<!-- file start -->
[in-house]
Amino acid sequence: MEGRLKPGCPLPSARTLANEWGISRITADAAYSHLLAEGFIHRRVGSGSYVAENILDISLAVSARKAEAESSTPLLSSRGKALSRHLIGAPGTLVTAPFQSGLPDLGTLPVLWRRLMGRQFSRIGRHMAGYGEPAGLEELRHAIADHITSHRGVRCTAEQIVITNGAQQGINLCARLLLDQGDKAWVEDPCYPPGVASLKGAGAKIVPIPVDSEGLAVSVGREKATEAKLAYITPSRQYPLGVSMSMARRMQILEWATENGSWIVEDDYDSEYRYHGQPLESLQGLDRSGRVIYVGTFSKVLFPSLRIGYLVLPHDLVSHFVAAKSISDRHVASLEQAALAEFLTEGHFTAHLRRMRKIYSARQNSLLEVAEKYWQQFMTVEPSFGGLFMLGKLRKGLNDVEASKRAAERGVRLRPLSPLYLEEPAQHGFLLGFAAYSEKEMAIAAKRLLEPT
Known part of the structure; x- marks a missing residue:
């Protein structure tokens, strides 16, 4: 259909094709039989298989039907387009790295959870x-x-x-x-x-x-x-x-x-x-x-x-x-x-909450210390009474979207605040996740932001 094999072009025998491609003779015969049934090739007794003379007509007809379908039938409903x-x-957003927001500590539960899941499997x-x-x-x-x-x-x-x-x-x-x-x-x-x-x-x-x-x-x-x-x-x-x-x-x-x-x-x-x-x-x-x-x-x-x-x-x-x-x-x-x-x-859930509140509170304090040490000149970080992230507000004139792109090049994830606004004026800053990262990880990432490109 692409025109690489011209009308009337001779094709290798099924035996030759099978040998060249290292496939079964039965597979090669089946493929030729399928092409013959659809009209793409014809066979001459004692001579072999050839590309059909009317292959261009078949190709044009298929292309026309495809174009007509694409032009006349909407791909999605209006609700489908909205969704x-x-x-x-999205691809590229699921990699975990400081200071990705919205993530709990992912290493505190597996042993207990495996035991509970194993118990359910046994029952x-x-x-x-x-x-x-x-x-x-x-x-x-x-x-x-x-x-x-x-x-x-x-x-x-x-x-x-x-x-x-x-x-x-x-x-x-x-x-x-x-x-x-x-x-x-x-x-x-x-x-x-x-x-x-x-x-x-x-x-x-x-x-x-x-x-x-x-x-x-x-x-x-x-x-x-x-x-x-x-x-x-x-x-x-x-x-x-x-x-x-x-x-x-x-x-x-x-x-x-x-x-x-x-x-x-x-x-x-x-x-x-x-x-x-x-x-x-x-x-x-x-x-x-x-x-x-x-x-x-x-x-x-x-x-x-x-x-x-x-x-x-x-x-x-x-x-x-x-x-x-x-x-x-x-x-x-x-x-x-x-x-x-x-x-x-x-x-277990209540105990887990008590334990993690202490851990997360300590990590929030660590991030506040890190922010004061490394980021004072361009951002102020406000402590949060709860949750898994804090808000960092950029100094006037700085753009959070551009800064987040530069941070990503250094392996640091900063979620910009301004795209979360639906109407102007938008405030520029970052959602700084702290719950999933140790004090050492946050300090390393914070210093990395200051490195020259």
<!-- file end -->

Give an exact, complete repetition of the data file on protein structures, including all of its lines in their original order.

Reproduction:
[in-house]
Amino acid sequence: MEGRLKPGCPLPSARTLANEWGISRITADAAYSHLLAEGFIHRRVGSGSYVAENILDISLAVSARKAEAESSTPLLSSRGKALSRHLIGAPGTLVTAPFQSGLPDLGTLPVLWRRLMGRQFSRIGRHMAGYGEPAGLEELRHAIADHITSHRGVRCTAEQIVITNGAQQGINLCARLLLDQGDKAWVEDPCYPPGVASLKGAGAKIVPIPVDSEGLAVSVGREKATEAKLAYITPSRQYPLGVSMSMARRMQILEWATENGSWIVEDDYDSEYRYHGQPLESLQGLDRSGRVIYVGTFSKVLFPSLRIGYLVLPHDLVSHFVAAKSISDRHVASLEQAALAEFLTEGHFTAHLRRMRKIYSARQNSLLEVAEKYWQQFMTVEPSFGGLFMLGKLRKGLNDVEASKRAAERGVRLRPLSPLYLEEPAQHGFLLGFAAYSEKEMAIAAKRLLEPT
Known part of the structure; x- marks a missing residue:
């Protein structure tokens, strides 16, 4: 259909094709039989298989039907387009790295959870x-x-x-x-x-x-x-x-x-x-x-x-x-x-909450210390009474979207605040996740932001 094999072009025998491609003779015969049934090739007794003379007509007809379908039938409903x-x-957003927001500590539960899941499997x-x-x-x-x-x-x-x-x-x-x-x-x-x-x-x-x-x-x-x-x-x-x-x-x-x-x-x-x-x-x-x-x-x-x-x-x-x-x-x-x-x-859930509140509170304090040490000149970080992230507000004139792109090049994830606004004026800053990262990880990432490109 692409025109690489011209009308009337001779094709290798099924035996030759099978040998060249290292496939079964039965597979090669089946493929030729399928092409013959659809009209793409014809066979001459004692001579072999050839590309059909009317292959261009078949190709044009298929292309026309495809174009007509694409032009006349909407791909999605209006609700489908909205969704x-x-x-x-999205691809590229699921990699975990400081200071990705919205993530709990992912290493505190597996042993207990495996035991509970194993118990359910046994029952x-x-x-x-x-x-x-x-x-x-x-x-x-x-x-x-x-x-x-x-x-x-x-x-x-x-x-x-x-x-x-x-x-x-x-x-x-x-x-x-x-x-x-x-x-x-x-x-x-x-x-x-x-x-x-x-x-x-x-x-x-x-x-x-x-x-x-x-x-x-x-x-x-x-x-x-x-x-x-x-x-x-x-x-x-x-x-x-x-x-x-x-x-x-x-x-x-x-x-x-x-x-x-x-x-x-x-x-x-x-x-x-x-x-x-x-x-x-x-x-x-x-x-x-x-x-x-x-x-x-x-x-x-x-x-x-x-x-x-x-x-x-x-x-x-x-x-x-x-x-x-x-x-x-x-x-x-x-x-x-x-x-x-x-x-x-x-x-277990209540105990887990008590334990993690202490851990997360300590990590929030660590991030506040890190922010004061490394980021004072361009951002102020406000402590949060709860949750898994804090808000960092950029100094006037700085753009959070551009800064987040530069941070990503250094392996640091900063979620910009301004795209979360639906109407102007938008405030520029970052959602700084702290719950999933140790004090050492946050300090390393914070210093990395200051490195020259």